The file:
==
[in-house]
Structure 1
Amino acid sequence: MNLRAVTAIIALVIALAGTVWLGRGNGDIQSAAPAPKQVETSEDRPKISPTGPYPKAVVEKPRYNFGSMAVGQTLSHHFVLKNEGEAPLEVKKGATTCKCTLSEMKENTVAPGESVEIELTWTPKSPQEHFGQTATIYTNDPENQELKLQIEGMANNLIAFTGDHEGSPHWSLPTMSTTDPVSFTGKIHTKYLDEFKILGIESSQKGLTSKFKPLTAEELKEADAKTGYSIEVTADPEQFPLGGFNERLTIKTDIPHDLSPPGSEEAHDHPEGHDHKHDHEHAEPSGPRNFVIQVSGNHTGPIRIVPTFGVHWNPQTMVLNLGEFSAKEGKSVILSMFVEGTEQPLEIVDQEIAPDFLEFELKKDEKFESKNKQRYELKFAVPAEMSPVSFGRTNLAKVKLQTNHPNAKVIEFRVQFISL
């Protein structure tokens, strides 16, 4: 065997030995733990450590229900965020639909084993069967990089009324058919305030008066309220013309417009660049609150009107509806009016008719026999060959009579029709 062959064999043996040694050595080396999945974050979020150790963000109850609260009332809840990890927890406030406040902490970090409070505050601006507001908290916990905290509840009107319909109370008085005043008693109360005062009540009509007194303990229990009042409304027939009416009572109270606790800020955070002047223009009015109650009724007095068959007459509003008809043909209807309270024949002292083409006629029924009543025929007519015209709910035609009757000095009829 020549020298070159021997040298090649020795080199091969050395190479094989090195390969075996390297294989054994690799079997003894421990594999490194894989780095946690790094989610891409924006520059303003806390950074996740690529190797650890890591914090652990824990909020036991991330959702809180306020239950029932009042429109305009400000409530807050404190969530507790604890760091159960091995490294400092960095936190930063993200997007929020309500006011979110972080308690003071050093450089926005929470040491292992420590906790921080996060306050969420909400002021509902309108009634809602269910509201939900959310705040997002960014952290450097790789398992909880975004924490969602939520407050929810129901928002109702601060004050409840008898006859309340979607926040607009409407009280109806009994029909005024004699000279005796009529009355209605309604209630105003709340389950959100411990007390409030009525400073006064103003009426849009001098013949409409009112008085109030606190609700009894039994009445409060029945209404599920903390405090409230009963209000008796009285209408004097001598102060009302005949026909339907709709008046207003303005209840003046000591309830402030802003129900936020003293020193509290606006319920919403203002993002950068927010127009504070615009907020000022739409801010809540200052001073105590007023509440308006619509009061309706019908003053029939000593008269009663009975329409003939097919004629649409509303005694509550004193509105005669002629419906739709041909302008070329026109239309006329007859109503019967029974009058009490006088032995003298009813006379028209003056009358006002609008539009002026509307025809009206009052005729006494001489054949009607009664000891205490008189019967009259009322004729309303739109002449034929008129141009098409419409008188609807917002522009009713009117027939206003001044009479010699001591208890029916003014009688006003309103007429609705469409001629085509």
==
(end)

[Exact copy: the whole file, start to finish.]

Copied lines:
[in-house]
Structure 1
Amino acid sequence: MNLRAVTAIIALVIALAGTVWLGRGNGDIQSAAPAPKQVETSEDRPKISPTGPYPKAVVEKPRYNFGSMAVGQTLSHHFVLKNEGEAPLEVKKGATTCKCTLSEMKENTVAPGESVEIELTWTPKSPQEHFGQTATIYTNDPENQELKLQIEGMANNLIAFTGDHEGSPHWSLPTMSTTDPVSFTGKIHTKYLDEFKILGIESSQKGLTSKFKPLTAEELKEADAKTGYSIEVTADPEQFPLGGFNERLTIKTDIPHDLSPPGSEEAHDHPEGHDHKHDHEHAEPSGPRNFVIQVSGNHTGPIRIVPTFGVHWNPQTMVLNLGEFSAKEGKSVILSMFVEGTEQPLEIVDQEIAPDFLEFELKKDEKFESKNKQRYELKFAVPAEMSPVSFGRTNLAKVKLQTNHPNAKVIEFRVQFISL
């Protein structure tokens, strides 16, 4: 065997030995733990450590229900965020639909084993069967990089009324058919305030008066309220013309417009660049609150009107509806009016008719026999060959009579029709 062959064999043996040694050595080396999945974050979020150790963000109850609260009332809840990890927890406030406040902490970090409070505050601006507001908290916990905290509840009107319909109370008085005043008693109360005062009540009509007194303990229990009042409304027939009416009572109270606790800020955070002047223009009015109650009724007095068959007459509003008809043909209807309270024949002292083409006629029924009543025929007519015209709910035609009757000095009829 020549020298070159021997040298090649020795080199091969050395190479094989090195390969075996390297294989054994690799079997003894421990594999490194894989780095946690790094989610891409924006520059303003806390950074996740690529190797650890890591914090652990824990909020036991991330959702809180306020239950029932009042429109305009400000409530807050404190969530507790604890760091159960091995490294400092960095936190930063993200997007929020309500006011979110972080308690003071050093450089926005929470040491292992420590906790921080996060306050969420909400002021509902309108009634809602269910509201939900959310705040997002960014952290450097790789398992909880975004924490969602939520407050929810129901928002109702601060004050409840008898006859309340979607926040607009409407009280109806009994029909005024004699000279005796009529009355209605309604209630105003709340389950959100411990007390409030009525400073006064103003009426849009001098013949409409009112008085109030606190609700009894039994009445409060029945209404599920903390405090409230009963209000008796009285209408004097001598102060009302005949026909339907709709008046207003303005209840003046000591309830402030802003129900936020003293020193509290606006319920919403203002993002950068927010127009504070615009907020000022739409801010809540200052001073105590007023509440308006619509009061309706019908003053029939000593008269009663009975329409003939097919004629649409509303005694509550004193509105005669002629419906739709041909302008070329026109239309006329007859109503019967029974009058009490006088032995003298009813006379028209003056009358006002609008539009002026509307025809009206009052005729006494001489054949009607009664000891205490008189019967009259009322004729309303739109002449034929008129141009098409419409008188609807917002522009009713009117027939206003001044009479010699001591208890029916003014009688006003309103007429609705469409001629085509």